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Chapter 4: Coaching, Counseling and Supportive CommunicationWhat did you say?
Objectives Differentiate between coaching and counseling problemsAvoid defensiveness and disconfirmation in interpersonal communication Improve ability to apply principles of supportive communication Improve work relationships by using personal management interviews Copyright © 2002, Prentice Hall
Communication Facts Communication ability determines promotabilityCommunication quality between managers and employees is often low 80 percent of a manager’s day is spent in verbal communication Copyright © 2002, Prentice Hall
Effective CommunicationAccurate, complete shared meaning – what sender means is what receiver gets Supportive – relationship between sender and receiver is enhanced by communication Timely – message arrives when receiver can use information Copyright © 2002, Prentice Hall
Relationship Between Unskillful Communication and Interpersonal RelationshipsAbrasive, insensitive, unskillful message delivery Distant, distrustful, uncaring interpersonal relationships Restricted, inaccurate information and defective communication flow 5 Copyright © 2002, Prentice Hall
Managerial CommunicationsCoaching giving advice, direction or information to improve performance “I can help you do something better” Counseling helping someone understand and resolve a problem him/herself by displaying understanding “I can help you recognize that a problem exists” Copyright © 2002, Prentice Hall
Obstacles to Effective Interpersonal CommunicationDEFENSIVENESS One individual feels threatened or attacked as a result of the communication Self-protection becomes paramount Energy is spent on constructing a defense rather than on listening Aggression, anger, competitiveness, and/or avoidance as a result of the communication Copyright © 2002, Prentice Hall
Obstacles to Effective Interpersonal CommunicationsDISCONFIRMATION One individual feels incompetent, unworthy, or insignificant as a result of the communication Attempts to reestablish self-worth take precedence Energy is spent trying to portray self-importance rather than on listening Showing off, self-centered behavior, withdrawal, and/or loss of motivation are common reactions Copyright © 2002, Prentice Hall
Supportive Communication PrinciplesProblem-oriented, not person-oriented “How can we solve this problem?” NOT “Because of you there is a problem.” Based on congruence, not incongruence “Your behavior really upset me.” NOT “Do I seem upset? No, everything’s fine.” Copyright © 2002, Prentice Hall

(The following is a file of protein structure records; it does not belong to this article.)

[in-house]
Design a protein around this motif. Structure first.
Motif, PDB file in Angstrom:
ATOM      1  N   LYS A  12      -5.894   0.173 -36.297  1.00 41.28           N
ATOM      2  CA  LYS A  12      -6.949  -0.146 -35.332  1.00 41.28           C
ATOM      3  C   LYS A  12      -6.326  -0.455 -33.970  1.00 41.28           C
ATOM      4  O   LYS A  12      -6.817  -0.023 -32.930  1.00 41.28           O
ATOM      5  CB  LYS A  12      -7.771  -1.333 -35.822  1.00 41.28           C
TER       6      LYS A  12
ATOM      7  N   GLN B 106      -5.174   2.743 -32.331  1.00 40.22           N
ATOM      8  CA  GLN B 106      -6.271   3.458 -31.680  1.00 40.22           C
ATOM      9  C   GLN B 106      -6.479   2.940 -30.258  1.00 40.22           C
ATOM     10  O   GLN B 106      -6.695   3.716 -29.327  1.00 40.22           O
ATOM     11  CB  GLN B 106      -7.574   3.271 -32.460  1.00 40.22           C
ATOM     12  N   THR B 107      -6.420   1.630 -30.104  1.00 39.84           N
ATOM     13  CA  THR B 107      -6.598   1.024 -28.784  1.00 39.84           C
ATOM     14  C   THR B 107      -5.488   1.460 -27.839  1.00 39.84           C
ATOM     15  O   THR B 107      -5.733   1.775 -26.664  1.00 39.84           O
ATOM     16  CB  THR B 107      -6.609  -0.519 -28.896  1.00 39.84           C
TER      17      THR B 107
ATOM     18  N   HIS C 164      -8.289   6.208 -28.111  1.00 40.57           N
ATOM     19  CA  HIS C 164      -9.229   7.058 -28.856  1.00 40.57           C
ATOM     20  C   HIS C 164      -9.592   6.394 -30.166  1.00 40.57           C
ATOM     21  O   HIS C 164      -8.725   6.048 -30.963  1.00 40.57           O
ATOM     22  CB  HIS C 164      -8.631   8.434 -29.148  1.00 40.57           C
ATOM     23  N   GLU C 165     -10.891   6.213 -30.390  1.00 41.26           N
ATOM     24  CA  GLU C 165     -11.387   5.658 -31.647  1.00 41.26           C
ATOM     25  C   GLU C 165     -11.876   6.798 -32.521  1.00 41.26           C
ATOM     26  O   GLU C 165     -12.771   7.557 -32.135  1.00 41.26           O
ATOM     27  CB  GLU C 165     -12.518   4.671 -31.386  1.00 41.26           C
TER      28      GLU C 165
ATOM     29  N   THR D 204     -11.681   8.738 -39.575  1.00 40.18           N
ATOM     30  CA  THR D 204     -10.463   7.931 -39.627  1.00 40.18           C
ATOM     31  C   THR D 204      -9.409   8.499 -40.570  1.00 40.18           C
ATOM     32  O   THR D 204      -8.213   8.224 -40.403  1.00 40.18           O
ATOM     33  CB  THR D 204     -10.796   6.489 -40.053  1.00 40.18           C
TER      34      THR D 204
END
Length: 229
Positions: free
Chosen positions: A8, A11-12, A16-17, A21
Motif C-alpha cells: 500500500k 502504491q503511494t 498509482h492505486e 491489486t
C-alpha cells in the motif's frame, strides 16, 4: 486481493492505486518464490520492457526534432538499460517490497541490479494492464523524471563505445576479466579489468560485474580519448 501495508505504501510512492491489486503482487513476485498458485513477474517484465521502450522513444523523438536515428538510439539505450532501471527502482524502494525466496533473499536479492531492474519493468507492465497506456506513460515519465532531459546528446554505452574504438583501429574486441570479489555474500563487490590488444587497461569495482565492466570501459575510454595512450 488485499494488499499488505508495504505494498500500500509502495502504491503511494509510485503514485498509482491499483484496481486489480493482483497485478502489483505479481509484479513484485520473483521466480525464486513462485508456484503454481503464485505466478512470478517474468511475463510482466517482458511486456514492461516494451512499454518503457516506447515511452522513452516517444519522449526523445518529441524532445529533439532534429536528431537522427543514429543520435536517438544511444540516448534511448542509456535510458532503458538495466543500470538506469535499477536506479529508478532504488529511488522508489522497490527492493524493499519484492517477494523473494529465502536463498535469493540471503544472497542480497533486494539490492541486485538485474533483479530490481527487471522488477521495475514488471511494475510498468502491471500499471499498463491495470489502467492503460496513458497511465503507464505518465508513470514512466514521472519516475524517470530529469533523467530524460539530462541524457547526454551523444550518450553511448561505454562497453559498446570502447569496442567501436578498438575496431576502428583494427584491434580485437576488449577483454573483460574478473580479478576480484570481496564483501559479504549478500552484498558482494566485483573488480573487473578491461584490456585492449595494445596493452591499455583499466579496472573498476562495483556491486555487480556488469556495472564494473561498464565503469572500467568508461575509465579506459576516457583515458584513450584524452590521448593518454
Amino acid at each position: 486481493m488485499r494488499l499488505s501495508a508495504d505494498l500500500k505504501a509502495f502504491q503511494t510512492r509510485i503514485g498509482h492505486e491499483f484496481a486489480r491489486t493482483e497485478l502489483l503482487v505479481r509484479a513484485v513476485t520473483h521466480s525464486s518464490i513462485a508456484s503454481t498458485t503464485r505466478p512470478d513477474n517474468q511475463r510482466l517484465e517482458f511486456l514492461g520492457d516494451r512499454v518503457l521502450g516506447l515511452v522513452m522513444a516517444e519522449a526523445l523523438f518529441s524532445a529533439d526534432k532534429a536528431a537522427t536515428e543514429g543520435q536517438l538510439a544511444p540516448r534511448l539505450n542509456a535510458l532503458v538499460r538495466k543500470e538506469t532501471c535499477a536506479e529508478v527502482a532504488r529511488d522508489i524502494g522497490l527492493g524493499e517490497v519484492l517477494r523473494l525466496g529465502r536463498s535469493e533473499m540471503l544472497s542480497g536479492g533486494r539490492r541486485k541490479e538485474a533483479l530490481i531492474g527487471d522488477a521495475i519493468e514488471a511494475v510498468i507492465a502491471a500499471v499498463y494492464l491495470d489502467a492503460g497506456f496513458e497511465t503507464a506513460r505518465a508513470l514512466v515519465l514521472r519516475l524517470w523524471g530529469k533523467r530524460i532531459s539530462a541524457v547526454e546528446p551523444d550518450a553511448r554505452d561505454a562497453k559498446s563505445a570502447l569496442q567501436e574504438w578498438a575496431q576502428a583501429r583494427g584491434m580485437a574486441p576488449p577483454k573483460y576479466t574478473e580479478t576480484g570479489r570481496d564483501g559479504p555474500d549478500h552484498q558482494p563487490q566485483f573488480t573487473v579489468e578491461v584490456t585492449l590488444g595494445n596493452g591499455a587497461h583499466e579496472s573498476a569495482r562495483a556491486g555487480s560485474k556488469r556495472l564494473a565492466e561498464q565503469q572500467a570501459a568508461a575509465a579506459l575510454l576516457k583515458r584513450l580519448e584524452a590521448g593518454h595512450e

Supportive Communication PrinciplesDescriptive, not evaluative “Here is what happened; here is my reaction; here is what I suggest that would be more acceptable to me.” NOT “You are wrong for doing what you did.” Copyright © 2002, Prentice Hall
Supportive Communication PrinciplesValidating, not invalidating “I have some ideas, but do you have any suggestions?” NOT “You wouldn’t understand me, so we’ll do it my way.” Copyright © 2002, Prentice Hall
Supportive Communication PrinciplesSpecific, not global “You interrupted me three times during the meeting.” NOT “You’re always trying to get attention.” Copyright © 2002, Prentice Hall
Supportive Communication PrinciplesConjunctive, not disjunctive “Relating to what you just said, I’d like to discuss this.” NOT “I want to discuss this (regardless of what you want to discuss).” Copyright © 2002, Prentice Hall
Supportive Communication PrinciplesOwned, not disowned “I’ve decided to turn down your request because….” NOT “You have a pretty good idea, but they just wouldn’t approve it.” Copyright © 2002, Prentice Hall
Supportive Communication PrinciplesInvolves listening, not just talking “What do you think are the obstacles standing in the way of improvement?” NOT “As I said before, you make too many mistakes. You’re just not doing the job.” Copyright © 2002, Prentice Hall
Response Types DIRECTIVE RESPONSE Generally useful when coachingNONDIRECTIVE RESPONSE Generally useful when counseling Advising, Deflecting, Probing, Reflecting OPEN RESPONSE Generally useful during early stages of discussion CLOSED RESPONSE Generally useful during later stages of discussion Advising, Deflecting, Probing, Reflecting Copyright © 2002, Prentice Hall 16
Personal Management Interview (PMI)Regularly scheduled, one-on-one meeting between manager and subordinate Meeting is designed to assist in continuous improvement Action items are generated and followed up Communication is supportive and two-way Generally takes about an hour Copyright © 2002, Prentice Hall
Communicating Supportively: Behavioral GuidelinesDifferentiate between coaching and counseling situations Use problem-oriented statements Be congruent Use descriptive, not evaluative, statements Use validating statements Copyright © 2002, Prentice Hall
Communicating Supportively: Behavioral GuidelinesUse specific, conjunctive statements Own your statements Demonstrate supportive listening Implement a personal management interview program Copyright © 2002, Prentice Hall
An Analysis of “Find Somebody Else”STATEMENT 1. Ron 2. Mike 3. Ron 4. Mike 5. Ron 6. Mike Etc.. ANALYSIS OF PRINCIPLES Tends to be evaluative, so will cause defensiveness. Owns rather than disowns feedback. Indicates defensiveness; person oriented; confrontive approach with produce defensiveness. Attempts to be problem oriented, validating, and descriptive. Still person oriented; global, not specific; non-supportive listening. Evaluative; advising rather than asking for alternatives’ implied accusations; non-specific. Defensive; non-specific; avoids discussing problem definition or problem solutions. Copyright © 2002, Prentice Hall 20
Copyright © 2011 Pearson Education, Inc. publishing as Prentice Hall4-1 Chapter 4: Building Relationships by Communicating Supportively 1 Developing Management.
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